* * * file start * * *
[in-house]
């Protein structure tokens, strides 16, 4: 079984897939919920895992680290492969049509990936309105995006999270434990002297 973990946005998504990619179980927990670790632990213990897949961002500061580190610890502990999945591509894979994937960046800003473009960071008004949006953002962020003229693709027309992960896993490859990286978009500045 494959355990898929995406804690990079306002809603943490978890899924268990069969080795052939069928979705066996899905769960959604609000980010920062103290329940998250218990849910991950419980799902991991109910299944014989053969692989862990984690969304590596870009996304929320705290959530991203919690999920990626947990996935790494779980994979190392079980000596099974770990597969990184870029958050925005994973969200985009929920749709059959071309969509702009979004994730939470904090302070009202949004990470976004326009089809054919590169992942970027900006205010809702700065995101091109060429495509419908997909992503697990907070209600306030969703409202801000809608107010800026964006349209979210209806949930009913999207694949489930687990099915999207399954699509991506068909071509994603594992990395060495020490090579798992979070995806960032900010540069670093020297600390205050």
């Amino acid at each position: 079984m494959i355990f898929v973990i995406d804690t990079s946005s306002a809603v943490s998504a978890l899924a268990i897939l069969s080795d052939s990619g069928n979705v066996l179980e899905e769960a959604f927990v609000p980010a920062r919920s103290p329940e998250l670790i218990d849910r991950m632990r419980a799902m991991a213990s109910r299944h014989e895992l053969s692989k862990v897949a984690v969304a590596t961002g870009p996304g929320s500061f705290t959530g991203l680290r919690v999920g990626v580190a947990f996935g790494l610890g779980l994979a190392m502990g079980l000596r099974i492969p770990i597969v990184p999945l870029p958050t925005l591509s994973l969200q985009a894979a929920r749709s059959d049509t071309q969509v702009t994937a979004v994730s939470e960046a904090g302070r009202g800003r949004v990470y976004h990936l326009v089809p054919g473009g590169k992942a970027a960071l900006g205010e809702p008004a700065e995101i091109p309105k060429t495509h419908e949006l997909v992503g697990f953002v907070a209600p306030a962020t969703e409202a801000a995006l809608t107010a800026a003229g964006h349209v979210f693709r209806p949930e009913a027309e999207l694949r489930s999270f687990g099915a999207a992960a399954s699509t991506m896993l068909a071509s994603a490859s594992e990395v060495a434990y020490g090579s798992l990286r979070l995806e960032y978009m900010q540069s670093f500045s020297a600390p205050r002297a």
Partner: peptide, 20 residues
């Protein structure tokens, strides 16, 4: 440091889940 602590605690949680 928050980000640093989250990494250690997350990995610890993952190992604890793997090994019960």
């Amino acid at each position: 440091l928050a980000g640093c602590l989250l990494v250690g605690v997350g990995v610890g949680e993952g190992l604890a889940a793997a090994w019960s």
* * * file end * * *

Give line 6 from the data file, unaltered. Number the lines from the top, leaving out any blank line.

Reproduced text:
């Amino acid at each position: 440091l928050a980000g640093c602590l989250l990494v250690g605690v997350g990995v610890g949680e993952g190992l604890a889940a793997a090994w019960s």